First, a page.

The End, "Before we are a race, a gender, a sexuality, a personality, short, or tall...we are human."--Lauren
It's hard to choose one part of the trip that truly stuck out to me. I wish I could share with you every, single, moment that made me smile...that made me cry. In person, I have yet been able to communicate how I have truly felt. I never have been gifted with the ability to be well spoken or say exactly what I mean but here I will try my best.
Going into this project I had the typical American missionary mindset-I was the American who had come to do something great and was teaching these kids something so valuable. Coming out, I couldn't have been more wrong. Any person in the world could do what I do, if they have the means...it takes a special type of person to teach the type of lessons that the people of Honduras taught me. I learned to trust with all my heart, love is blind, do not hang onto the past, keep your faith, and family doesn't end with blood.
Most of the boys in Flor Azul have no family and rely solely on each other for any type of support-something that each and every boy is willing to give 100%. One boy said a line that I will never forget, "There is Mama Karen...she is my mother." Though this boy has not known her his entire life, he will forever look to her as his mother. When I watched the boys interact with each other they were so protective and helpful, constantly checking up on one another and making sure everyone stood equal and together.
In the village of Campo we met a little boy named Kevin who had down-syndrome. Kids in America with disabilities are often ridiculed and lead a life with very little friendships. Kevin had more friends than anyone else in the village. Every child there treated him as if he was Just Kevin and had no disability. Love to them is absolutely blind. They loved without caring who you were, no matter your gender, no matter your race, no matter your fault or disability. This is something that every person should take with them and live by everyday.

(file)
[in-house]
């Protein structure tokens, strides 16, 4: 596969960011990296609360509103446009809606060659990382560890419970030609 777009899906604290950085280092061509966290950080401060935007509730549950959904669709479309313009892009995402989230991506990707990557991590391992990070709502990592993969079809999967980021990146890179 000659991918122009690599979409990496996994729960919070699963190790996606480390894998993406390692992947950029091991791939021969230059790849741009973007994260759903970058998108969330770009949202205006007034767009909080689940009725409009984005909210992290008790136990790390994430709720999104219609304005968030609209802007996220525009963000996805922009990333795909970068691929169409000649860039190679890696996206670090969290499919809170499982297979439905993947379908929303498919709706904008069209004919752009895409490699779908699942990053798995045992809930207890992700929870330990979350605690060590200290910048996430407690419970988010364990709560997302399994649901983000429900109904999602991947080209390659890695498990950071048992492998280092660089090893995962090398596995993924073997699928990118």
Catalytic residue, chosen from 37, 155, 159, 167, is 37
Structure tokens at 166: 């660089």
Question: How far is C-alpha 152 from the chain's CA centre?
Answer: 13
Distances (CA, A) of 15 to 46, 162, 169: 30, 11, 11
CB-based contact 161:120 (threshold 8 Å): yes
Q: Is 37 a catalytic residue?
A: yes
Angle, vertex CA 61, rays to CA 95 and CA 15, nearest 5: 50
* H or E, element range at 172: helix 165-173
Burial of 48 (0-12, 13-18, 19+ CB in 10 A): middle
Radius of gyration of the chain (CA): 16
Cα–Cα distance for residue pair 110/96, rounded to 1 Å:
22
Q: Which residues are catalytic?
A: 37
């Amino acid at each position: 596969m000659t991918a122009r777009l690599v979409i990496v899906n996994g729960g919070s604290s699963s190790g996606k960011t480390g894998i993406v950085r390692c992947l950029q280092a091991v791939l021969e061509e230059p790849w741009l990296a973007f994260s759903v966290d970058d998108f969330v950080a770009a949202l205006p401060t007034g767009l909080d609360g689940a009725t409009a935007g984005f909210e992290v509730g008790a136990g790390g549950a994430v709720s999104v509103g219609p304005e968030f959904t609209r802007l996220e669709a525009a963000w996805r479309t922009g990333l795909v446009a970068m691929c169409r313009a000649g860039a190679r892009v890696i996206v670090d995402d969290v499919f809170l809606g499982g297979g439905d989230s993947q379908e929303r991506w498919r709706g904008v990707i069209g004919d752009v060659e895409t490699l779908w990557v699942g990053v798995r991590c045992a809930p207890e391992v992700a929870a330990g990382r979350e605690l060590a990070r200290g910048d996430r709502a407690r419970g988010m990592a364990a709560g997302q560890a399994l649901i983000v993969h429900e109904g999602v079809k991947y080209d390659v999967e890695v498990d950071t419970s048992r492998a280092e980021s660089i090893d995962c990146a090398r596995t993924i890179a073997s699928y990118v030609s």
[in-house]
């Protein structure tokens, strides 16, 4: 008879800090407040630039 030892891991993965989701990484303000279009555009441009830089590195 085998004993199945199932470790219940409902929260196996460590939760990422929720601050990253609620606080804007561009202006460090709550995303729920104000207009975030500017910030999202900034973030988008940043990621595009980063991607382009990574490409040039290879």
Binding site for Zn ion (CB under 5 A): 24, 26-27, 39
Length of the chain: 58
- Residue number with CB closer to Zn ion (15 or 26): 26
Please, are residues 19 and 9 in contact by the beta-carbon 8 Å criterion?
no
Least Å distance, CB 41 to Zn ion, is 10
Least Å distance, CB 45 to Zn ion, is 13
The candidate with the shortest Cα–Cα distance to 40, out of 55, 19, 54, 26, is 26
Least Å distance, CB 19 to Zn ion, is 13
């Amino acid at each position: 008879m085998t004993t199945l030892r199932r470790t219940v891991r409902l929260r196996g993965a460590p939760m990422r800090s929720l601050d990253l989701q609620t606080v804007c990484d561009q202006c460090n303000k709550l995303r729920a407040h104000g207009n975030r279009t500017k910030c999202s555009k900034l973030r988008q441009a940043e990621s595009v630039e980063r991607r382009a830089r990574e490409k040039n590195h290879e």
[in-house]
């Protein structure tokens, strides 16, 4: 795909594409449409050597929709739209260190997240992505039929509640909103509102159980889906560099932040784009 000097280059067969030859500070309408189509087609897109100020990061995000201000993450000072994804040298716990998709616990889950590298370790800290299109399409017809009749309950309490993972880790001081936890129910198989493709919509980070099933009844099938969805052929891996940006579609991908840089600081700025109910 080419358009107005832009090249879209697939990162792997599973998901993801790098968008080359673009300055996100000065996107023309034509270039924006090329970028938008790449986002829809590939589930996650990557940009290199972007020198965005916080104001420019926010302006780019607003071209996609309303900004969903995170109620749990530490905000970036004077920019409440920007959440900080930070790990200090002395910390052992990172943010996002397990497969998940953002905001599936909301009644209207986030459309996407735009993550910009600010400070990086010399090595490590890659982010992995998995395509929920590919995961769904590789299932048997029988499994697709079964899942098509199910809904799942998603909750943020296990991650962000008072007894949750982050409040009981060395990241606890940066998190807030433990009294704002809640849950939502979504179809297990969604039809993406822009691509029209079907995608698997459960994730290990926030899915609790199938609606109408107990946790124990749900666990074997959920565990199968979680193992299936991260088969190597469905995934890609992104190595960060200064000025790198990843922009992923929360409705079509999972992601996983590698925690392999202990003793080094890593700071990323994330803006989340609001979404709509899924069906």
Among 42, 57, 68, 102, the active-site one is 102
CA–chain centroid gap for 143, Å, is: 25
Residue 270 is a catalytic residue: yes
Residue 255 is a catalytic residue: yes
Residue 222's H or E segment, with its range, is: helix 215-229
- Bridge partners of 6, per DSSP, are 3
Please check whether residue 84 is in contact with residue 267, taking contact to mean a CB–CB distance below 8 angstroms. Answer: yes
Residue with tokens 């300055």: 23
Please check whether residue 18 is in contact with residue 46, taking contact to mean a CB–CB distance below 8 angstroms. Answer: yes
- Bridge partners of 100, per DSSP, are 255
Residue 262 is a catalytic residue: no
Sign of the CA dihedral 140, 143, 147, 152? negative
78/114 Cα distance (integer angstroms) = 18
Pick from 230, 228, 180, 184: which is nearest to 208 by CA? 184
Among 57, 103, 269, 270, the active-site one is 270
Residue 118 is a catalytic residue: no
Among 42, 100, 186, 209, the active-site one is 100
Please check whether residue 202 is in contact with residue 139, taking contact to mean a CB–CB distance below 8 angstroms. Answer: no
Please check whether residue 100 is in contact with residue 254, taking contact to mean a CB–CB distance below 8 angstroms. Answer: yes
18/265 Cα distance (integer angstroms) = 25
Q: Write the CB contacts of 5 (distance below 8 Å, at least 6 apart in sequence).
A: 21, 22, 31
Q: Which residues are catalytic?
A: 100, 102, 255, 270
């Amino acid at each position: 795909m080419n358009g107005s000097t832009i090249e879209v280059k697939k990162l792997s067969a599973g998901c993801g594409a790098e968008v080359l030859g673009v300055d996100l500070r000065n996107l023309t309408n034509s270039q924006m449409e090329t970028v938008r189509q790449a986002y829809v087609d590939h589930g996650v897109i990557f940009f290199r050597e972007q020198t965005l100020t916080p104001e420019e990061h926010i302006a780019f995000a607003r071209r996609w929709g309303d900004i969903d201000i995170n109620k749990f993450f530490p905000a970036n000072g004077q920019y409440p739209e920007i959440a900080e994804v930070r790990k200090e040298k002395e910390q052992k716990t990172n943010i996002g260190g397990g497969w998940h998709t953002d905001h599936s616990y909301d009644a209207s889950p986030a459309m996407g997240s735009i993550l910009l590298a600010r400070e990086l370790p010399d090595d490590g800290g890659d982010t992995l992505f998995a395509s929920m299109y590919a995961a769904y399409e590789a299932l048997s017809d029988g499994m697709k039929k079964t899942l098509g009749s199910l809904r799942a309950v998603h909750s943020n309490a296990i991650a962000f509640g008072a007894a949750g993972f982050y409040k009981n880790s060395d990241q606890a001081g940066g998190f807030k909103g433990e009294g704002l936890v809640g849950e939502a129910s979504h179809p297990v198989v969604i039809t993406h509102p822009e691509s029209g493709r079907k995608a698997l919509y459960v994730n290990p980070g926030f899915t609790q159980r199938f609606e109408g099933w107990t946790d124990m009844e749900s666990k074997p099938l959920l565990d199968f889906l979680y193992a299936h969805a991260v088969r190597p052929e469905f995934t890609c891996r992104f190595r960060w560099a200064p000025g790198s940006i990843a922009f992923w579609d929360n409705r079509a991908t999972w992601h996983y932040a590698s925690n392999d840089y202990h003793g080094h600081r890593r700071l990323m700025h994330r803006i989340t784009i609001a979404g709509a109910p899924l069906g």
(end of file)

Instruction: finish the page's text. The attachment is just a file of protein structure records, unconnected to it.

Finally, the past is the past. That is something that I will always remember that the people of Honduras taught me. No matter how bad their lives were before, they got up smiling each day and thanked God that they are here. They thank God that they have food-no matter how little it is. The fact that they don't let what has happened to them reflect on their day-to-day lives shows what kind of people they really are.
In the end, I have to say that in my heart I know it is not truly 'the end'. I will be back to Honduras as soon as I can-returning to the boys, "sitting right there on the front porch." I have learned more than I could ever hope to know and want to spread the love that grew inside me across America and across the world. I thank God that I met so many people who could give me so many great things. Most of all, I thank God for meeting Arturo-who is my godson now. When I left Flor Azul I found that I couldn't cry-we had been having so much fun at the fiesta that it didn't seem real. I remember Arturo telling me that I was a strong person for not crying...and I couldn't help but think that I was never going to be half as strong as he was.
So here is to the friendships that will last a lifetime, the memories that will never fade, to the boy who will forever live (at least in my heart), and to God for giving us the opportunity of a lifetime.
The students and faculty who traveled together to Honduras for a service-learning course wrote about our adventures on this blog, both during and after our travels.